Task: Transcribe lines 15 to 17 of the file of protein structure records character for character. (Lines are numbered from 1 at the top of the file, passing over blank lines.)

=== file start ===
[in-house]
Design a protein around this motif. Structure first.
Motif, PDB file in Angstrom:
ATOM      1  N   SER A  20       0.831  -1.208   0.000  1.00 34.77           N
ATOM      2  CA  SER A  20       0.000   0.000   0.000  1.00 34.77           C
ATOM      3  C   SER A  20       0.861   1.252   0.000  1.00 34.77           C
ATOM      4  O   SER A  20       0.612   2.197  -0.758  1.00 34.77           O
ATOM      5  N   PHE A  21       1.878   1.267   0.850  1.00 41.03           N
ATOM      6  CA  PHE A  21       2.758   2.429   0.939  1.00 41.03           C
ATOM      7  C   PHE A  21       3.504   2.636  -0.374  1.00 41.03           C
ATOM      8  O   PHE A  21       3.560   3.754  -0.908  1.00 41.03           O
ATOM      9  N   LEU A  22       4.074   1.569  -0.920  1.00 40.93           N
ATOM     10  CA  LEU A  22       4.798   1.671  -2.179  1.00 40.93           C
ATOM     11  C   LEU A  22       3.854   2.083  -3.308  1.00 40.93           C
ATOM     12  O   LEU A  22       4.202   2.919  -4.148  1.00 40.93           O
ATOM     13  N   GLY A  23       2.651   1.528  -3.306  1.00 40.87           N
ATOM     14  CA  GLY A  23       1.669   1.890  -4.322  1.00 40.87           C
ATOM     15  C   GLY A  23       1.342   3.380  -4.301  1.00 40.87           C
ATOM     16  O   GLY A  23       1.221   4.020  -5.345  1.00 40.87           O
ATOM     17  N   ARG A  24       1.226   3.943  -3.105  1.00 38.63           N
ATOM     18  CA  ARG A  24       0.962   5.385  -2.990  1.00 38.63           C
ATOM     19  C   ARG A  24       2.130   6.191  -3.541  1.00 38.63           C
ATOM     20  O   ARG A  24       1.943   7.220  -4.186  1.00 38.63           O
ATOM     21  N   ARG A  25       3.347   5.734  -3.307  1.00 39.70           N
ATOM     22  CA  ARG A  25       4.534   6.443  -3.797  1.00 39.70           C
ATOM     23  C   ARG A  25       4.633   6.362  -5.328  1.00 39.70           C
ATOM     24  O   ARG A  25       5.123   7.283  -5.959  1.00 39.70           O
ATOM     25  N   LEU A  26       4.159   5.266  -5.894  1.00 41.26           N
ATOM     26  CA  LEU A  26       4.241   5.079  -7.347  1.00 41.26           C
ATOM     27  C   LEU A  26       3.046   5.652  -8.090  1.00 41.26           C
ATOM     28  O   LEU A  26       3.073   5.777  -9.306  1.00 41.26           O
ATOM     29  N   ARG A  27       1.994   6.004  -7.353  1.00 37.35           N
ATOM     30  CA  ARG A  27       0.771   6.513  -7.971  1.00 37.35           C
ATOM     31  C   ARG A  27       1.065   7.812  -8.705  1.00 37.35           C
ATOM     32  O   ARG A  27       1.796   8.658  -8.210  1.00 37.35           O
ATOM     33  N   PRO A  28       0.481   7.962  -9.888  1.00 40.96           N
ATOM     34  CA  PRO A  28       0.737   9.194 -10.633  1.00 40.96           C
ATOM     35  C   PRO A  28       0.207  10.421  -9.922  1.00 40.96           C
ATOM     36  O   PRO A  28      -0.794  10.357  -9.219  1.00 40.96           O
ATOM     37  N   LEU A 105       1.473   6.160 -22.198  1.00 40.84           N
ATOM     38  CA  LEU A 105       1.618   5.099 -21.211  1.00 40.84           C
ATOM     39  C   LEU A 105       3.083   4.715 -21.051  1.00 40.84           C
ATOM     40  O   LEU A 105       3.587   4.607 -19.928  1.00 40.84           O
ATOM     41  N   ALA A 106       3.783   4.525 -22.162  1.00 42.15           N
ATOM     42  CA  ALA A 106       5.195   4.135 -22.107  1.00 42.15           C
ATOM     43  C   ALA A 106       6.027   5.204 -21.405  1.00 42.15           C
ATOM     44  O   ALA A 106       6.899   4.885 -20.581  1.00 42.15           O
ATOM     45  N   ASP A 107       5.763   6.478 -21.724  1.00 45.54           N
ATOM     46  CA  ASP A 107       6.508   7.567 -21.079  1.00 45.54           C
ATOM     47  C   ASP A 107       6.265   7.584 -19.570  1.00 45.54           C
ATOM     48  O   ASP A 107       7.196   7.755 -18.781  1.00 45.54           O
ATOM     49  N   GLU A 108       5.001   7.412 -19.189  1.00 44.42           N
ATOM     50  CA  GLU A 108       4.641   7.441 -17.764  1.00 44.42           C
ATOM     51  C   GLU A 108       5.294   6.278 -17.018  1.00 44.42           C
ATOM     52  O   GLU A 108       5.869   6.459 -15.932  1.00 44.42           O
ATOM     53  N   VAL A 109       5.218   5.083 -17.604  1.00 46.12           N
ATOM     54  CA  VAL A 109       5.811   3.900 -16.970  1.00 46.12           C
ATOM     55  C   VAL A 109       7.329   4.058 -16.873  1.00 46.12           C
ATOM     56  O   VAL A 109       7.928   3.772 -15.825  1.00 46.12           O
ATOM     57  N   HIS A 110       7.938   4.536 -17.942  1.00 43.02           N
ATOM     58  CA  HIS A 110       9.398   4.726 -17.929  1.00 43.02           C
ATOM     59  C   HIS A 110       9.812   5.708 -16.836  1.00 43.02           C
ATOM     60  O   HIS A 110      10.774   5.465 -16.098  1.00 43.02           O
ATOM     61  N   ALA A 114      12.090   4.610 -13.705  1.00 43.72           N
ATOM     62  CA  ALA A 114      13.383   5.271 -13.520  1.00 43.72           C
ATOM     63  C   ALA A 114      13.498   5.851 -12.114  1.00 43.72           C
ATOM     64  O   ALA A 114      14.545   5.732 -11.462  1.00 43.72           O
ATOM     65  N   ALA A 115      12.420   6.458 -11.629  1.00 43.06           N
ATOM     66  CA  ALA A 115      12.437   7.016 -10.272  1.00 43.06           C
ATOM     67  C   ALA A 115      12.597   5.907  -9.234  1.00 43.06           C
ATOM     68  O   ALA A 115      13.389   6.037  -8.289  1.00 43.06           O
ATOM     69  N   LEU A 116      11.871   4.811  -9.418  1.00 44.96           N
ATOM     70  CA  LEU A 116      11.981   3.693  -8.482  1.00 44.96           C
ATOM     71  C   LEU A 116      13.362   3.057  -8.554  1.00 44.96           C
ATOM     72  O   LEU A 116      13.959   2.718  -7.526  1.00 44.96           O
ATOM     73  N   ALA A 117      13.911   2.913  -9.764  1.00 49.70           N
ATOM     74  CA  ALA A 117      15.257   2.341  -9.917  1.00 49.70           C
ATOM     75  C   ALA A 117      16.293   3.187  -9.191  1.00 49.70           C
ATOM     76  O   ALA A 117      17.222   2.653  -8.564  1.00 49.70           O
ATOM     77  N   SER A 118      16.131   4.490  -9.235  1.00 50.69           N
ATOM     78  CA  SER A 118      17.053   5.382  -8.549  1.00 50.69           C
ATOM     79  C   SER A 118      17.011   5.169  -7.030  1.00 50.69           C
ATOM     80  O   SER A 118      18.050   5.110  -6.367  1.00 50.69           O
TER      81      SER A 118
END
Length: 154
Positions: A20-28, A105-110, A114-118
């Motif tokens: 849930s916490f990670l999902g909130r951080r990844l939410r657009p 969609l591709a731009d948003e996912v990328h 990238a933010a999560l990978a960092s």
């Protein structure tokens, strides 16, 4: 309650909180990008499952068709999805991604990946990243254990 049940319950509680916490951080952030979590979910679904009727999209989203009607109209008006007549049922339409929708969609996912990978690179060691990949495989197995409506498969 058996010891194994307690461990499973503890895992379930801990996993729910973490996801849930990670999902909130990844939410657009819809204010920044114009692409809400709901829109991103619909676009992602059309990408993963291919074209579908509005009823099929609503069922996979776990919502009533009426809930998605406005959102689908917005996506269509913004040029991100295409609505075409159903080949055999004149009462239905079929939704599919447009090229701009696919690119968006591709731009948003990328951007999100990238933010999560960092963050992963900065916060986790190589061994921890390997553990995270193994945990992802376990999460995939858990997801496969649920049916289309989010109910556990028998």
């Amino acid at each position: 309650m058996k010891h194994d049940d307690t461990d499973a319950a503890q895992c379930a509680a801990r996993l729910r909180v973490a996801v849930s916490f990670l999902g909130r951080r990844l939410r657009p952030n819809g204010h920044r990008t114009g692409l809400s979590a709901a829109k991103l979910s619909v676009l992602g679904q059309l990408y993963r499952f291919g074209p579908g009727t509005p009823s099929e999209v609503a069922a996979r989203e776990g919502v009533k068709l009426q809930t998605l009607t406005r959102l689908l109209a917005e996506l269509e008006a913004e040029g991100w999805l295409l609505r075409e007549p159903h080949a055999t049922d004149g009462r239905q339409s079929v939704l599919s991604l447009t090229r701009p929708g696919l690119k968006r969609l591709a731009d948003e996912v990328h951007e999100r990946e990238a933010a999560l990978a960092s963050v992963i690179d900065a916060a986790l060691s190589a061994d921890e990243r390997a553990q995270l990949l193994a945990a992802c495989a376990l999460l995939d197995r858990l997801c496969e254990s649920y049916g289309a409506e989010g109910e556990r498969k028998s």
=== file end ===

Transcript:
ATOM     12  O   LEU A  22       4.202   2.919  -4.148  1.00 40.93           O
ATOM     13  N   GLY A  23       2.651   1.528  -3.306  1.00 40.87           N
ATOM     14  CA  GLY A  23       1.669   1.890  -4.322  1.00 40.87           C